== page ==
If Stand Up deals with the conflict between Nigel's roots and his new status as an intellectual, then Vote, Vote, Vote for Nigel Barton tackles the conflict between his political idealism and having to play the game of party politics in order to get elected. The sitting Tory MP is killed in a riding accident, and Labour candidate Nigel is asked to stand again, having just recently stood in the 64 General Election, which put Harold Wilson in power. Nigel sees little point, as it's a safe Tory seat, but his agent Jack Hay (John Bailey) thinks otherwise, and sets about priming Nigel for the challenge. Hay addresses the camera directly, lecturing us on the fine points of political pragmatism, and citing Nigel as someone with much to learn. What unfolds is a satire on electioneering, involving a succession of droll scenes, such as a doorstepping session where the householders appear to be on another planet, and a visit to an old peoples' home where a sad amputee asks Nigel if he can get him another leg. Characteristically Nigel remains in constant turmoil, arguing with his wife about their political beliefs and going around in circles. The drama climaxes at the Annual Council Dinner, where Nigel and the Tory candidate give speeches, and Nigel can't resist the temptation to tell it like it is.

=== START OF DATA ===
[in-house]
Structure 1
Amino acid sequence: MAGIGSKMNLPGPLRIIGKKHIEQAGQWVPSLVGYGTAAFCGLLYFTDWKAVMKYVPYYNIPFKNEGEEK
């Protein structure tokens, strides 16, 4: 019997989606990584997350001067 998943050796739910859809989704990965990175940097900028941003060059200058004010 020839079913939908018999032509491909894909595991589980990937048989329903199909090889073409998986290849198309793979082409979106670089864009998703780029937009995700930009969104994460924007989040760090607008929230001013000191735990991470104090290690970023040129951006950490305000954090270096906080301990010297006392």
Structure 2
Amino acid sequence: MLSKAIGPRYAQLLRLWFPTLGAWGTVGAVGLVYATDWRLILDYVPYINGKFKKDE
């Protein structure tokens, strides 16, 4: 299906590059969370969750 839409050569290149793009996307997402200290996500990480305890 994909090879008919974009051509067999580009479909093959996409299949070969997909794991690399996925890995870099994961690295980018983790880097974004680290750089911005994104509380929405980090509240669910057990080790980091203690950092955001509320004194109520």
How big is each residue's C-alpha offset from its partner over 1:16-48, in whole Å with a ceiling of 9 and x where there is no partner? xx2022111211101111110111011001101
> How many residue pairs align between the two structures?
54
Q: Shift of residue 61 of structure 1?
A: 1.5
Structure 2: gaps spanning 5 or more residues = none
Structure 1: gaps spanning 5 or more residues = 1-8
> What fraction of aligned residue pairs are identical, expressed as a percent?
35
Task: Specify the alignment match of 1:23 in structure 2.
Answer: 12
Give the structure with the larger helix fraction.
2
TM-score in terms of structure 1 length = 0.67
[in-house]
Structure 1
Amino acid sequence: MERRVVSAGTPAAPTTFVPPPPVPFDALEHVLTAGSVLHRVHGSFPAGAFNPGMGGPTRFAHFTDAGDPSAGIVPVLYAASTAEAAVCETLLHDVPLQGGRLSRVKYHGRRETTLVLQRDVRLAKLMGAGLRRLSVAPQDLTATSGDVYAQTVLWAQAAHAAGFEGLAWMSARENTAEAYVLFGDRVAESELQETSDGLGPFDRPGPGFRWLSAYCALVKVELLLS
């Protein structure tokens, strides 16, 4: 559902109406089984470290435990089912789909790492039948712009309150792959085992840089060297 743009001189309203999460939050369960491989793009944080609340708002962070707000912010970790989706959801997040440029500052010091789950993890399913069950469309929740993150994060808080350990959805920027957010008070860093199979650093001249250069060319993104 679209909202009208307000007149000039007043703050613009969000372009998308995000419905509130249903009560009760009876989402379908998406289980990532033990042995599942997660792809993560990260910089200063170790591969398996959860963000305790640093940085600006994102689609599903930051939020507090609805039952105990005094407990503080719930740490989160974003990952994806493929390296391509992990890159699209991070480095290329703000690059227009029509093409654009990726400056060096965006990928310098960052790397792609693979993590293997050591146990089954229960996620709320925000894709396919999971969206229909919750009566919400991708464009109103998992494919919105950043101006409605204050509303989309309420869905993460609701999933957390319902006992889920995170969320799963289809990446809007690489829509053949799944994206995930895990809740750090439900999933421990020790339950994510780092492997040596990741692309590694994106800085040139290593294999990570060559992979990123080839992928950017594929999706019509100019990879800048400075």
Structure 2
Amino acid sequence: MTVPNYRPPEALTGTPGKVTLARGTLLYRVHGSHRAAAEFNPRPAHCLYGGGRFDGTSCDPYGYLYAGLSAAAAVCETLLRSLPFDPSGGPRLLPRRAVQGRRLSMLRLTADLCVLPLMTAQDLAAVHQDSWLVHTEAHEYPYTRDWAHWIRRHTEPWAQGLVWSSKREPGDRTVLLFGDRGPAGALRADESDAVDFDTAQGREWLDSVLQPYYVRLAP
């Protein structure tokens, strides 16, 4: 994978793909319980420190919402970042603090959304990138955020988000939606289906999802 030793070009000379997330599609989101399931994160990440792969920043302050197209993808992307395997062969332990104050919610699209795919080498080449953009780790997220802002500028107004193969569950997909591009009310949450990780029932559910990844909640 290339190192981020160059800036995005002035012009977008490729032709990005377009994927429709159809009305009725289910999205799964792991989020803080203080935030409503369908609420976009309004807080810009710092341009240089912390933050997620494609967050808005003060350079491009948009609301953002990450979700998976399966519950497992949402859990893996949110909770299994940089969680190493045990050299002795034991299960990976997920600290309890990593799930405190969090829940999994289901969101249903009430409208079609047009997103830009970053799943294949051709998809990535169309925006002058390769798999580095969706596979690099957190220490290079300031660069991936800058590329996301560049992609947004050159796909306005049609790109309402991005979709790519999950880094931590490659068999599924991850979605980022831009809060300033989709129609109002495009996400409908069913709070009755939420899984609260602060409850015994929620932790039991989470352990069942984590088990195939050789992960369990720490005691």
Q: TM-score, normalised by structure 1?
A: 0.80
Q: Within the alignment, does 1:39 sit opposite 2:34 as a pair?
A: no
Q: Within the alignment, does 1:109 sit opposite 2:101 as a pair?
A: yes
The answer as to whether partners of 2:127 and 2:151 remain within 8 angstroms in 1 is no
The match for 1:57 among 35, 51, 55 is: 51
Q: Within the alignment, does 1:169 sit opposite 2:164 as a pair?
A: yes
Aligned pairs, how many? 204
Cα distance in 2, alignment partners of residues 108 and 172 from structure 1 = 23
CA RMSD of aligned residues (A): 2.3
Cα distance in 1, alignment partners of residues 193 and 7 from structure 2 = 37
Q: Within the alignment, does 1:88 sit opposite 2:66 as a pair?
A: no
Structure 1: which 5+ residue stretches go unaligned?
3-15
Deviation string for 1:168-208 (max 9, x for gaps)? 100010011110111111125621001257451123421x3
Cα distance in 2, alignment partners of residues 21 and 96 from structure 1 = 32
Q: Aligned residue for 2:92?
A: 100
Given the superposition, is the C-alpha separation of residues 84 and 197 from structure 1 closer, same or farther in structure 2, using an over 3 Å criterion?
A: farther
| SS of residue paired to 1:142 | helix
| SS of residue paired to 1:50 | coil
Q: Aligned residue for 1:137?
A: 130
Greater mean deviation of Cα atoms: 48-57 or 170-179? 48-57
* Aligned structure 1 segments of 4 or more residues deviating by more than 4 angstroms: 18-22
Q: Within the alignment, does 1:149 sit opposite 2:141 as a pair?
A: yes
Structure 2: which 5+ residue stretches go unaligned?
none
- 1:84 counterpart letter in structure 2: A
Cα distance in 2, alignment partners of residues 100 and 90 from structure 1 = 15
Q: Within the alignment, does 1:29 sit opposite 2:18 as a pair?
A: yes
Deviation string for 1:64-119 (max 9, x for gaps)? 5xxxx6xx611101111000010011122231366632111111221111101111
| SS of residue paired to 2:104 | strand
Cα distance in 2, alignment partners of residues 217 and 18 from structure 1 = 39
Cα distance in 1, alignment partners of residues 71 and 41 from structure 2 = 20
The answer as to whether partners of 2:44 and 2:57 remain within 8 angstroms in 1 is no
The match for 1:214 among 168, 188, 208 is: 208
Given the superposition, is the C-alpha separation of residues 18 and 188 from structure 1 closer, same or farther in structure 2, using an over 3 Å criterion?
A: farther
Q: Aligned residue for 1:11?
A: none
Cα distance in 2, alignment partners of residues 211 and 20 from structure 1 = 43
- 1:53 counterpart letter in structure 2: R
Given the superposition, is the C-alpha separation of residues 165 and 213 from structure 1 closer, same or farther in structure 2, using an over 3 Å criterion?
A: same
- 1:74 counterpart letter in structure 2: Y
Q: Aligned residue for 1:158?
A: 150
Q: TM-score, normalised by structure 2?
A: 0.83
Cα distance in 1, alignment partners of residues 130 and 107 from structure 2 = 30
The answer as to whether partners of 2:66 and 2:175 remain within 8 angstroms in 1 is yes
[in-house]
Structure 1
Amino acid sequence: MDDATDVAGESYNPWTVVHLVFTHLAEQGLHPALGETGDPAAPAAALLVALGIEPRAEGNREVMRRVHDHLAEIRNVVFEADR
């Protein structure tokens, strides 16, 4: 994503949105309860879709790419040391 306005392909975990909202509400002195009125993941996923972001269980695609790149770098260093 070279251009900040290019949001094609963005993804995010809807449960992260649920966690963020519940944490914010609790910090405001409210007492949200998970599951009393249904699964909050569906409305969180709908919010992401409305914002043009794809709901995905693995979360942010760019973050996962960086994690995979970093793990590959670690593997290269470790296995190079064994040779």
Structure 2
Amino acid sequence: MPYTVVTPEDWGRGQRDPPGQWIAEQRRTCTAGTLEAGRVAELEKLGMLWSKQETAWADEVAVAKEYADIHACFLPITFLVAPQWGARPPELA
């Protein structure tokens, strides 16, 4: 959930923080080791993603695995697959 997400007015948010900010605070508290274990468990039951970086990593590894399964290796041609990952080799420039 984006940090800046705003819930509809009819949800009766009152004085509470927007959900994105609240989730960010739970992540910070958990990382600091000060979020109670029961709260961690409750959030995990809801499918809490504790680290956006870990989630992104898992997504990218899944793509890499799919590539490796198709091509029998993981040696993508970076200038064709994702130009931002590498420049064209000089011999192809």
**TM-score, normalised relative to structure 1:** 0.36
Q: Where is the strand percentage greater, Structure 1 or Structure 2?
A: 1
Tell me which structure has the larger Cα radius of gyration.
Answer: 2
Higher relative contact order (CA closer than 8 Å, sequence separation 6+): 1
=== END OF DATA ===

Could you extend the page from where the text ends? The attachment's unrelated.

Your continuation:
Vote, Vote is again autobiographical, based on Potter's experience of standing and losing in the 64 election. His cynicism over party politics soaks every frame, and in a way the piece is a testament to the higher calling of writing, with Potter as creator standing above the melee of the political game, enlightening us with the real truth. Because of this Vote, Vote comes across as a little too didactic, with some scenes hammering home their point unnecessarily hard. Stand Up is a better play because it has a lightness and a freshness in the way Potter explores personal themes, and it provides early evidence that Potter was at his best when dealing with the personal.
Both plays were cutting edge in 1965, and forty years on give a fascinating insight into how TV drama has gained and lost in that period. The technicalities of production might have been more rudimentary, but the content was challenging in a way that today's TV drama is no longer allowed to be.
The originals were shot on black and white 35mm film, some of it telerecording, and the quality comes through well in the transfer. In some outdoor scenes the contrast is a little high, but somehow that looks okay in black and white, and every so often there's a speck of surface dirt. Unfortunately there are no extras. Potter's 1960 documentary Between Two Rivers, exploring his roots, would have been an obvious inclusion, and would have counterpointed the fiction of the plays very well.
For a general overview see: Dennis Potter on DVD